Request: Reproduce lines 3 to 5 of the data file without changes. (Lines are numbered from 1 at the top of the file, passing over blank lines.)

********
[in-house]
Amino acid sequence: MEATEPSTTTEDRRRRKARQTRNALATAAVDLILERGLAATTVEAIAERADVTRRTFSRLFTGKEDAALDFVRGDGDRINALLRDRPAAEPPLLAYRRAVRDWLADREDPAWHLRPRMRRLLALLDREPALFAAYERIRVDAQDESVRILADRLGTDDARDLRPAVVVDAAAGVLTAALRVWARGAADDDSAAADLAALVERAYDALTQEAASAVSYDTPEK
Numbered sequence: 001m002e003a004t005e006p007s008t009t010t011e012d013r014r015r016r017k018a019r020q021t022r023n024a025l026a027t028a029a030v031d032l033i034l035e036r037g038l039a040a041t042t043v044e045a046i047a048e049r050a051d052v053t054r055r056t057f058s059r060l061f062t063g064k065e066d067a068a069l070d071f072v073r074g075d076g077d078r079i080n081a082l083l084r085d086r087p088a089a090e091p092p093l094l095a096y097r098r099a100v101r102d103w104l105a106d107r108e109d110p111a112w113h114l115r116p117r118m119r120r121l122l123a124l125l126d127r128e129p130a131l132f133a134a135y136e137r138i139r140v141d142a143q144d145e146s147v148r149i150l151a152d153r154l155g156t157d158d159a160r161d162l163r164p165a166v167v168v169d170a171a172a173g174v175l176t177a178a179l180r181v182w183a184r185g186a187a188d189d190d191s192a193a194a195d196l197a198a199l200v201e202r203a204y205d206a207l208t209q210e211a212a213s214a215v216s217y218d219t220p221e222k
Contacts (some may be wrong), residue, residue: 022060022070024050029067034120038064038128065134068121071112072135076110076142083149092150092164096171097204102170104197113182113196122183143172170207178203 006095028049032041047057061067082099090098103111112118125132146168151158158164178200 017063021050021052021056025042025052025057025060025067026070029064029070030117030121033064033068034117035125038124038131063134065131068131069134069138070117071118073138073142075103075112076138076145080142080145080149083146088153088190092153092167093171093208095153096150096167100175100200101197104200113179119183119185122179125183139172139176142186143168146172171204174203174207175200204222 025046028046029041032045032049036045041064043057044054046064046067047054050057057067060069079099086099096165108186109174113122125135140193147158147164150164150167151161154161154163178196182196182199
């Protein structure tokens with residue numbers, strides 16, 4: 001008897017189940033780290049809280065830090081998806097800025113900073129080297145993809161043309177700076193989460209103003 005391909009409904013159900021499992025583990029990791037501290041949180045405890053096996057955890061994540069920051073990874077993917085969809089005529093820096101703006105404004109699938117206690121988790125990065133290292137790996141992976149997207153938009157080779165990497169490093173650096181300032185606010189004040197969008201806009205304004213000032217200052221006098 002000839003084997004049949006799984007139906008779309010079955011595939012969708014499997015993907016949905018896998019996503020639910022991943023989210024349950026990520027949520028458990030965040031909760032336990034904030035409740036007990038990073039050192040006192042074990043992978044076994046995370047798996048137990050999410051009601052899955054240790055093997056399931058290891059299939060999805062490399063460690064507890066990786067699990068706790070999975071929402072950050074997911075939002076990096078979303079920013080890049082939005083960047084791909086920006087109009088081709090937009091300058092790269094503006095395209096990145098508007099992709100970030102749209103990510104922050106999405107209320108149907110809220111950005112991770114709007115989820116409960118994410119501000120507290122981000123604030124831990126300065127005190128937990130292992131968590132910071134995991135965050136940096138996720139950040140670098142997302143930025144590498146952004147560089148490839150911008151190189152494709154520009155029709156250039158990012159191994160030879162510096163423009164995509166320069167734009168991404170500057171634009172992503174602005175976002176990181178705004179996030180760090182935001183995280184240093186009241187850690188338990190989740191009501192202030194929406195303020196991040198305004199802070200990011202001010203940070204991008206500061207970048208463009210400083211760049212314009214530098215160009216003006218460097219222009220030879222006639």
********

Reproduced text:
Numbered sequence: 001m002e003a004t005e006p007s008t009t010t011e012d013r014r015r016r017k018a019r020q021t022r023n024a025l026a027t028a029a030v031d032l033i034l035e036r037g038l039a040a041t042t043v044e045a046i047a048e049r050a051d052v053t054r055r056t057f058s059r060l061f062t063g064k065e066d067a068a069l070d071f072v073r074g075d076g077d078r079i080n081a082l083l084r085d086r087p088a089a090e091p092p093l094l095a096y097r098r099a100v101r102d103w104l105a106d107r108e109d110p111a112w113h114l115r116p117r118m119r120r121l122l123a124l125l126d127r128e129p130a131l132f133a134a135y136e137r138i139r140v141d142a143q144d145e146s147v148r149i150l151a152d153r154l155g156t157d158d159a160r161d162l163r164p165a166v167v168v169d170a171a172a173g174v175l176t177a178a179l180r181v182w183a184r185g186a187a188d189d190d191s192a193a194a195d196l197a198a199l200v201e202r203a204y205d206a207l208t209q210e211a212a213s214a215v216s217y218d219t220p221e222k
Contacts (some may be wrong), residue, residue: 022060022070024050029067034120038064038128065134068121071112072135076110076142083149092150092164096171097204102170104197113182113196122183143172170207178203 006095028049032041047057061067082099090098103111112118125132146168151158158164178200 017063021050021052021056025042025052025057025060025067026070029064029070030117030121033064033068034117035125038124038131063134065131068131069134069138070117071118073138073142075103075112076138076145080142080145080149083146088153088190092153092167093171093208095153096150096167100175100200101197104200113179119183119185122179125183139172139176142186143168146172171204174203174207175200204222 025046028046029041032045032049036045041064043057044054046064046067047054050057057067060069079099086099096165108186109174113122125135140193147158147164150164150167151161154161154163178196182196182199
């Protein structure tokens with residue numbers, strides 16, 4: 001008897017189940033780290049809280065830090081998806097800025113900073129080297145993809161043309177700076193989460209103003 005391909009409904013159900021499992025583990029990791037501290041949180045405890053096996057955890061994540069920051073990874077993917085969809089005529093820096101703006105404004109699938117206690121988790125990065133290292137790996141992976149997207153938009157080779165990497169490093173650096181300032185606010189004040197969008201806009205304004213000032217200052221006098 002000839003084997004049949006799984007139906008779309010079955011595939012969708014499997015993907016949905018896998019996503020639910022991943023989210024349950026990520027949520028458990030965040031909760032336990034904030035409740036007990038990073039050192040006192042074990043992978044076994046995370047798996048137990050999410051009601052899955054240790055093997056399931058290891059299939060999805062490399063460690064507890066990786067699990068706790070999975071929402072950050074997911075939002076990096078979303079920013080890049082939005083960047084791909086920006087109009088081709090937009091300058092790269094503006095395209096990145098508007099992709100970030102749209103990510104922050106999405107209320108149907110809220111950005112991770114709007115989820116409960118994410119501000120507290122981000123604030124831990126300065127005190128937990130292992131968590132910071134995991135965050136940096138996720139950040140670098142997302143930025144590498146952004147560089148490839150911008151190189152494709154520009155029709156250039158990012159191994160030879162510096163423009164995509166320069167734009168991404170500057171634009172992503174602005175976002176990181178705004179996030180760090182935001183995280184240093186009241187850690188338990190989740191009501192202030194929406195303020196991040198305004199802070200990011202001010203940070204991008206500061207970048208463009210400083211760049212314009214530098215160009216003006218460097219222009220030879222006639």